In the case of Gary Cohn, his departure was his reaction to Trump's following through on tariffs, something that a globalist like Cohn couldn't deal with. He also previously disagreed with Trump vehemently on climate change and immigration and so, if you aren't capable of supporting the boss when the decision is made, it's best that you go. And this would apply to any senior staff member of a President since they know his positions and if they can't persuade him to change, they need to either get on board or leave. I'm not going to get into any specifics on tariffs except to say that I think Trump is selectively using them as part of his deal making and it appears that it might already be paying dividends in the case of Mexico and Canada.
And Cohn's replacement, CNBC regular Larry Kudlow, is a rock-ribbed believer in the American system and had a rock star history while earlier with Bear Stearns. I guess CNN didn't realize that when they announced that Trump's new economic advisor was a TV talent. I can just feel the dripping jealousy that is coming out of CNN, knowing that the globalist is replaced by a rock-ribbed supporter of the American capitalist system which has served this country well for over two-hundred years.
Let's move to the Department of State where Tillerson was fired based on the same inability to get on board with the President on his agenda that Cohn exhibited. Tillerson, a good man and a seasoned businessman of the highest order, just wasn't a good selection. He believes in global warming, was lukewarm at best to Trump's position on immigration controls and also favored retention of the deal with Iran on nuclear materials. This last one was the last straw as it now comes out that Tillerson was actively working with the European Union to try and support the outrageous so-called treaty (it was never signed) giving money to Iran, only to mock America about any desires to cutback on their nuclear advancement. Trump wasn't going to have any of that.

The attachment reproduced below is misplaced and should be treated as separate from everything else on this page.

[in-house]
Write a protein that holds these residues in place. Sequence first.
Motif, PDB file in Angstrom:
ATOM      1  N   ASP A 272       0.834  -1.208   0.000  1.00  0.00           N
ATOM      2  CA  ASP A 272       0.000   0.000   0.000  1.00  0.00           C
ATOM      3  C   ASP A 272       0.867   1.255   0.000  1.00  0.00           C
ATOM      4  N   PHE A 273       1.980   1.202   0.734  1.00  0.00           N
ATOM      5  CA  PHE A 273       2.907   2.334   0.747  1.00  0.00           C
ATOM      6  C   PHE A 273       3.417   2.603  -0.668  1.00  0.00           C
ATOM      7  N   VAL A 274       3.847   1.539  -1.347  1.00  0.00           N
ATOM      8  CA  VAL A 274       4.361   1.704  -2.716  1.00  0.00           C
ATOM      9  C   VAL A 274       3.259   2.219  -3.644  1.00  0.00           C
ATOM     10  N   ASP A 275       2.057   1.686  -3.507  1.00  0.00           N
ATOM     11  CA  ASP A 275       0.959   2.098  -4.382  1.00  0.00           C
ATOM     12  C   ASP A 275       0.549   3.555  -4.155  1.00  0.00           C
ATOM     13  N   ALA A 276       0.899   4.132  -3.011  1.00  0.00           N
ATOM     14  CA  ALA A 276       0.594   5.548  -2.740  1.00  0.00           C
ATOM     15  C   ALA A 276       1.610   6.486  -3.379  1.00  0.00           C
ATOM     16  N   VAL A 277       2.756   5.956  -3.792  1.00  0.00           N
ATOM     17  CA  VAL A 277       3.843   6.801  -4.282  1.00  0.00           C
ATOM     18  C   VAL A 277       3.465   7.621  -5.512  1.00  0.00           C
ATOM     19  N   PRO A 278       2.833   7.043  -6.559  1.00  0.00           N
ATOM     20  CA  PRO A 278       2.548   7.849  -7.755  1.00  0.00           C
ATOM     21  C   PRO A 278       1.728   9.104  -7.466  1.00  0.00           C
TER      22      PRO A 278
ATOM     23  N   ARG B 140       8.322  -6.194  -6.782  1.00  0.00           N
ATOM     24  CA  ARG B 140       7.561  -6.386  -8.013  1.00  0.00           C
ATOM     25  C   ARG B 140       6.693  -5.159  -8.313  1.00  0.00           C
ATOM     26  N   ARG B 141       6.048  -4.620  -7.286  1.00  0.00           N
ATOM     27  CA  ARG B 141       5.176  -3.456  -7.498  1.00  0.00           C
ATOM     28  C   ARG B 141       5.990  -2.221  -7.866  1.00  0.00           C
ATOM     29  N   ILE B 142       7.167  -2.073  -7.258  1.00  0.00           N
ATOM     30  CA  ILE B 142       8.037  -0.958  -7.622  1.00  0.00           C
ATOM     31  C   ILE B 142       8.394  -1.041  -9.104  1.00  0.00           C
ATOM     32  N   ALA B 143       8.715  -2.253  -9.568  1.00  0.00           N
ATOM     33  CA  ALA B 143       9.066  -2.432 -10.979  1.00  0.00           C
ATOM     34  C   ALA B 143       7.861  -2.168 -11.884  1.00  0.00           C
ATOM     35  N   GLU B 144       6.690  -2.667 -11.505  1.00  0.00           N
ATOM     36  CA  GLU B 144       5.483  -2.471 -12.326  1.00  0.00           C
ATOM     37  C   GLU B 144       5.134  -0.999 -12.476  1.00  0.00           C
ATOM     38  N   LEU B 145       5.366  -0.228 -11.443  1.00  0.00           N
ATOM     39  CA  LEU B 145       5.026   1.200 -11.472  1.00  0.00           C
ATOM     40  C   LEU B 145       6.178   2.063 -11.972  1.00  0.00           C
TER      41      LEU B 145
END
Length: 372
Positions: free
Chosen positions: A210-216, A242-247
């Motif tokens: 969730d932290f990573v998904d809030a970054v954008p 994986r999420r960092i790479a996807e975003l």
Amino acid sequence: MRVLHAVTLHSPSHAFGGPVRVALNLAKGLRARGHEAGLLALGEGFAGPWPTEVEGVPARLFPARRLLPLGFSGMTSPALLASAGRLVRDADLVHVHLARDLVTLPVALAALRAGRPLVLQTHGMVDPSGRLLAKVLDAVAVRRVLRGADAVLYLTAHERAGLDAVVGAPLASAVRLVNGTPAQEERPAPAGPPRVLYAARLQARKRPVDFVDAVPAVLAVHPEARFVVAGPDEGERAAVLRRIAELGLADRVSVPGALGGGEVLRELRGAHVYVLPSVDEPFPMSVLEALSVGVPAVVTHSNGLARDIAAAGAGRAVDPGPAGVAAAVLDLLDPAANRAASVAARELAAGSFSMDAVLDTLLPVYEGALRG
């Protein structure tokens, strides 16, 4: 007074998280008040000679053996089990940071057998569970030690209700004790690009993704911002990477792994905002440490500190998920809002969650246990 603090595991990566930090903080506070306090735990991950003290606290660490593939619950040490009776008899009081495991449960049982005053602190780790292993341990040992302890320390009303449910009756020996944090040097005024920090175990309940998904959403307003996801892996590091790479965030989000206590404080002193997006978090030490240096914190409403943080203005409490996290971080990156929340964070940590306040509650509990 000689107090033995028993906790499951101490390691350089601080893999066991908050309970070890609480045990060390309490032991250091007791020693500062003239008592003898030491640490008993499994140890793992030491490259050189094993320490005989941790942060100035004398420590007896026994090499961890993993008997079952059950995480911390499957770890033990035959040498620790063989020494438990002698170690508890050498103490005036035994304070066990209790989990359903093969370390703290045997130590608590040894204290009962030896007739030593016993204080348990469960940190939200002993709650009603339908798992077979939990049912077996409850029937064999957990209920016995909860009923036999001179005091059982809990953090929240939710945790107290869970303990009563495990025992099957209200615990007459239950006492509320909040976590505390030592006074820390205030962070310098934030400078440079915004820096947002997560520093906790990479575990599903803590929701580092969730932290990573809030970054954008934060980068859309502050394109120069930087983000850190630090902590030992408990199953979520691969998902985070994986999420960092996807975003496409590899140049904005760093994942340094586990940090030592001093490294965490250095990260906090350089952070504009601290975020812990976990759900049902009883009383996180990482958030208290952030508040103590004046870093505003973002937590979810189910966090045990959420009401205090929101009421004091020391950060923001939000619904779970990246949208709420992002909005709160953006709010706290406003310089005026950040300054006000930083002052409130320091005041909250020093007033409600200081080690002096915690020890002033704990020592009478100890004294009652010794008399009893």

And the opportunity that the firing brought was also outstanding. A solid choice was made by selecting former Congressman and current CIA Director Mike Pompeo to replace Tillerson. Pompeo was an Army officer, first in his class at West Point who also served as a Congressman from Kansas before his short stint as Director of the CIA. He's smart, analytical and of a viewpoint that will make him a great Secretary of State, capable of shepherding the President's plans through Foggy Bottom. And his vacancy at the CIA has resulted in the choice of Gina Haspel to replace him. Ms. Haspel is a career CIA analyst, leader and operative who is the current Deputy in the agency, the position which is, in effect, the nuts and bolts post under the Director.
Here's the bottom line to all of this. When Donald Trump was elected to the White House as a Washington outsider, he had to trust many people to help him fill the many leadership posts that needed to be filled. Some of those he trusted were silently pushing the "same old, same old" approach and, as a result, some of the Cabinet nomineess turned out not to be fully in tune with his agenda and it has created operational problems. Now after about fifteen months in office, he has reached his comfort zone as President and is making some needed adjustments to his central team to get the things done that he was elected to do. These moves will enhance that effort.
Remember, all senior political appointees in the Executive Branch serve at the pleasure of the President. He is merely upgrading his team for the months ahead and the moves are good ones. After all, every President wants a team that presents proposals, but when team members balk at carrying out the decisions that the President ultimately reaches, they must be replaced. America will be better because of it and making the country better is what the job is all about.